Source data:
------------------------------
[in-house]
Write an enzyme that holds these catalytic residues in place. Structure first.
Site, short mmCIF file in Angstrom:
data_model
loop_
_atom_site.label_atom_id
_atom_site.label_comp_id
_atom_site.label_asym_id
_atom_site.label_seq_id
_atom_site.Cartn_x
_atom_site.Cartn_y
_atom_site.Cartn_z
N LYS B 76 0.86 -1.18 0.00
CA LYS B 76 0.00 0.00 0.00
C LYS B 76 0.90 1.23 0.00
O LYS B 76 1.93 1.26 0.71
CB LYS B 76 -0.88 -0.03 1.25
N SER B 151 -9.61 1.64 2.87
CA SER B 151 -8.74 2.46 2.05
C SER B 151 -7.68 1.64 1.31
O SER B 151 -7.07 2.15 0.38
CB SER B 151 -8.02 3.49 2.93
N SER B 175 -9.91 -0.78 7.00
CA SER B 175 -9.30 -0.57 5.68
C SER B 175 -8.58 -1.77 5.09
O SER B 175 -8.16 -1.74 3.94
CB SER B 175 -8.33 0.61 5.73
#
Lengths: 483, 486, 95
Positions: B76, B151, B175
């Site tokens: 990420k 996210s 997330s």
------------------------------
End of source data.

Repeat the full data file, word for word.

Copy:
[in-house]
Write an enzyme that holds these catalytic residues in place. Structure first.
Site, short mmCIF file in Angstrom:
data_model
loop_
_atom_site.label_atom_id
_atom_site.label_comp_id
_atom_site.label_asym_id
_atom_site.label_seq_id
_atom_site.Cartn_x
_atom_site.Cartn_y
_atom_site.Cartn_z
N LYS B 76 0.86 -1.18 0.00
CA LYS B 76 0.00 0.00 0.00
C LYS B 76 0.90 1.23 0.00
O LYS B 76 1.93 1.26 0.71
CB LYS B 76 -0.88 -0.03 1.25
N SER B 151 -9.61 1.64 2.87
CA SER B 151 -8.74 2.46 2.05
C SER B 151 -7.68 1.64 1.31
O SER B 151 -7.07 2.15 0.38
CB SER B 151 -8.02 3.49 2.93
N SER B 175 -9.91 -0.78 7.00
CA SER B 175 -9.30 -0.57 5.68
C SER B 175 -8.58 -1.77 5.09
O SER B 175 -8.16 -1.74 3.94
CB SER B 175 -8.33 0.61 5.73
#
Lengths: 483, 486, 95
Positions: B76, B151, B175
């Site tokens: 990420k 996210s 997330s």